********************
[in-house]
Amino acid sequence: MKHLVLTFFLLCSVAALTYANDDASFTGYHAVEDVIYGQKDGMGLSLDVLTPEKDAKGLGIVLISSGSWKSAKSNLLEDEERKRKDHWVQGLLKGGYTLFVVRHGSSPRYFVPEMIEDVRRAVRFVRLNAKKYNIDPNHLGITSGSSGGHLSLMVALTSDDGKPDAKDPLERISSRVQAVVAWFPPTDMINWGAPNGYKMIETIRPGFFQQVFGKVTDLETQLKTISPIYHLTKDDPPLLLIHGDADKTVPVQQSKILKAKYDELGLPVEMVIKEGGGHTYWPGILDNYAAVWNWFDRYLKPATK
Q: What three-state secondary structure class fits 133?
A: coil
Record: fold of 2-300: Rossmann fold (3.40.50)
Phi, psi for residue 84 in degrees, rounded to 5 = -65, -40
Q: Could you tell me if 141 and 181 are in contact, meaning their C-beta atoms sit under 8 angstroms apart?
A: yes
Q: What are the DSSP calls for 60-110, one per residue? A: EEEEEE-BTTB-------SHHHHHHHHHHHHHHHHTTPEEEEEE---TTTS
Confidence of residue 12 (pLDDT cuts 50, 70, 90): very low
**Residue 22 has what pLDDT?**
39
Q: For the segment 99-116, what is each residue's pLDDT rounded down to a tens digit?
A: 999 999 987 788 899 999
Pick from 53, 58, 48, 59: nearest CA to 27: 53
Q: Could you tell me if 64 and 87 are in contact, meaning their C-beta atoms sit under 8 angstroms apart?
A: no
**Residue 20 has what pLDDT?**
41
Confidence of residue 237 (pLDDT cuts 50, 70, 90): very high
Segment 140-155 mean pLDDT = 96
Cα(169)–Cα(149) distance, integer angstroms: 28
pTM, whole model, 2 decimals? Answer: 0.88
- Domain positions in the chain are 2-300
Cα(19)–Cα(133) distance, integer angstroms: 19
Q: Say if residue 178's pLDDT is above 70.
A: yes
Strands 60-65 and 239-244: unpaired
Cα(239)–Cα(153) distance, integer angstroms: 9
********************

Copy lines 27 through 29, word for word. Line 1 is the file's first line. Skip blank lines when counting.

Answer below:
A: yes
Strands 60-65 and 239-244: unpaired
Cα(239)–Cα(153) distance, integer angstroms: 9